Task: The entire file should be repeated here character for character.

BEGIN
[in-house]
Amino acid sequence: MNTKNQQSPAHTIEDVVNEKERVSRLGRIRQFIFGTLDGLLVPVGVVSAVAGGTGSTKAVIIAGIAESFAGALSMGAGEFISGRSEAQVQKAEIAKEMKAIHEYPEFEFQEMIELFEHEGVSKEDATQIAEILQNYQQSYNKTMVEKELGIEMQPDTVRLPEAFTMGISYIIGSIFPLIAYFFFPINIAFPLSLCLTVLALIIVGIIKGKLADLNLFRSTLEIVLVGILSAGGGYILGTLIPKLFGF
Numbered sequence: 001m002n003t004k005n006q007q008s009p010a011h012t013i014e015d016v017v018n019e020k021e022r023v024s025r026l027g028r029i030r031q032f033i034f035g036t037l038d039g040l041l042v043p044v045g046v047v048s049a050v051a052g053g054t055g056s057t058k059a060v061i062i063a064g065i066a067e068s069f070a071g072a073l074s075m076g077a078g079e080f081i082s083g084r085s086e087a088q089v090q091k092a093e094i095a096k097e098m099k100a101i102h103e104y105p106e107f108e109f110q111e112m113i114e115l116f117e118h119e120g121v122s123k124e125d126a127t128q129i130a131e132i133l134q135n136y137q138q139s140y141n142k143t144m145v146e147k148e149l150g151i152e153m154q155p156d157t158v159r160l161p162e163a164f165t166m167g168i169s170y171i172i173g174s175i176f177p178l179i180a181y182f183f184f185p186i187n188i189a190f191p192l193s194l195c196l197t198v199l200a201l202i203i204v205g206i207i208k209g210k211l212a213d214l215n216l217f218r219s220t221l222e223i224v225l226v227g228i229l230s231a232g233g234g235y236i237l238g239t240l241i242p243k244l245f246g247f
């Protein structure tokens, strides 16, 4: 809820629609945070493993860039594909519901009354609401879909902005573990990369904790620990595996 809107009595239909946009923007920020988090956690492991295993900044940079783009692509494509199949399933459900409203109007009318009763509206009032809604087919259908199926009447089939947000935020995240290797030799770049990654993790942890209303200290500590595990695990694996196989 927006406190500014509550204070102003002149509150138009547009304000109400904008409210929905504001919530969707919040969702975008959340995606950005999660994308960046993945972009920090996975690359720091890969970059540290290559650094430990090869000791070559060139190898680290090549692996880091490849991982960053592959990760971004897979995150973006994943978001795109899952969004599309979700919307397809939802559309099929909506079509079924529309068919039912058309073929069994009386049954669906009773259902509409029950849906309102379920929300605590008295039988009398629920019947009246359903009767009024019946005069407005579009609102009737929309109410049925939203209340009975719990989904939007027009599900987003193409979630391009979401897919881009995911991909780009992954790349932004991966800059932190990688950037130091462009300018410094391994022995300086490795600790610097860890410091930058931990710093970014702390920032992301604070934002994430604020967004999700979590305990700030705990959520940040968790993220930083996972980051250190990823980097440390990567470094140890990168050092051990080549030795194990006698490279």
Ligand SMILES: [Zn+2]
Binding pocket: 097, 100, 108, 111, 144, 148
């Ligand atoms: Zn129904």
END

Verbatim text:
[in-house]
Amino acid sequence: MNTKNQQSPAHTIEDVVNEKERVSRLGRIRQFIFGTLDGLLVPVGVVSAVAGGTGSTKAVIIAGIAESFAGALSMGAGEFISGRSEAQVQKAEIAKEMKAIHEYPEFEFQEMIELFEHEGVSKEDATQIAEILQNYQQSYNKTMVEKELGIEMQPDTVRLPEAFTMGISYIIGSIFPLIAYFFFPINIAFPLSLCLTVLALIIVGIIKGKLADLNLFRSTLEIVLVGILSAGGGYILGTLIPKLFGF
Numbered sequence: 001m002n003t004k005n006q007q008s009p010a011h012t013i014e015d016v017v018n019e020k021e022r023v024s025r026l027g028r029i030r031q032f033i034f035g036t037l038d039g040l041l042v043p044v045g046v047v048s049a050v051a052g053g054t055g056s057t058k059a060v061i062i063a064g065i066a067e068s069f070a071g072a073l074s075m076g077a078g079e080f081i082s083g084r085s086e087a088q089v090q091k092a093e094i095a096k097e098m099k100a101i102h103e104y105p106e107f108e109f110q111e112m113i114e115l116f117e118h119e120g121v122s123k124e125d126a127t128q129i130a131e132i133l134q135n136y137q138q139s140y141n142k143t144m145v146e147k148e149l150g151i152e153m154q155p156d157t158v159r160l161p162e163a164f165t166m167g168i169s170y171i172i173g174s175i176f177p178l179i180a181y182f183f184f185p186i187n188i189a190f191p192l193s194l195c196l197t198v199l200a201l202i203i204v205g206i207i208k209g210k211l212a213d214l215n216l217f218r219s220t221l222e223i224v225l226v227g228i229l230s231a232g233g234g235y236i237l238g239t240l241i242p243k244l245f246g247f
């Protein structure tokens, strides 16, 4: 809820629609945070493993860039594909519901009354609401879909902005573990990369904790620990595996 809107009595239909946009923007920020988090956690492991295993900044940079783009692509494509199949399933459900409203109007009318009763509206009032809604087919259908199926009447089939947000935020995240290797030799770049990654993790942890209303200290500590595990695990694996196989 927006406190500014509550204070102003002149509150138009547009304000109400904008409210929905504001919530969707919040969702975008959340995606950005999660994308960046993945972009920090996975690359720091890969970059540290290559650094430990090869000791070559060139190898680290090549692996880091490849991982960053592959990760971004897979995150973006994943978001795109899952969004599309979700919307397809939802559309099929909506079509079924529309068919039912058309073929069994009386049954669906009773259902509409029950849906309102379920929300605590008295039988009398629920019947009246359903009767009024019946005069407005579009609102009737929309109410049925939203209340009975719990989904939007027009599900987003193409979630391009979401897919881009995911991909780009992954790349932004991966800059932190990688950037130091462009300018410094391994022995300086490795600790610097860890410091930058931990710093970014702390920032992301604070934002994430604020967004999700979590305990700030705990959520940040968790993220930083996972980051250190990823980097440390990567470094140890990168050092051990080549030795194990006698490279």
Ligand SMILES: [Zn+2]
Binding pocket: 097, 100, 108, 111, 144, 148
């Ligand atoms: Zn129904």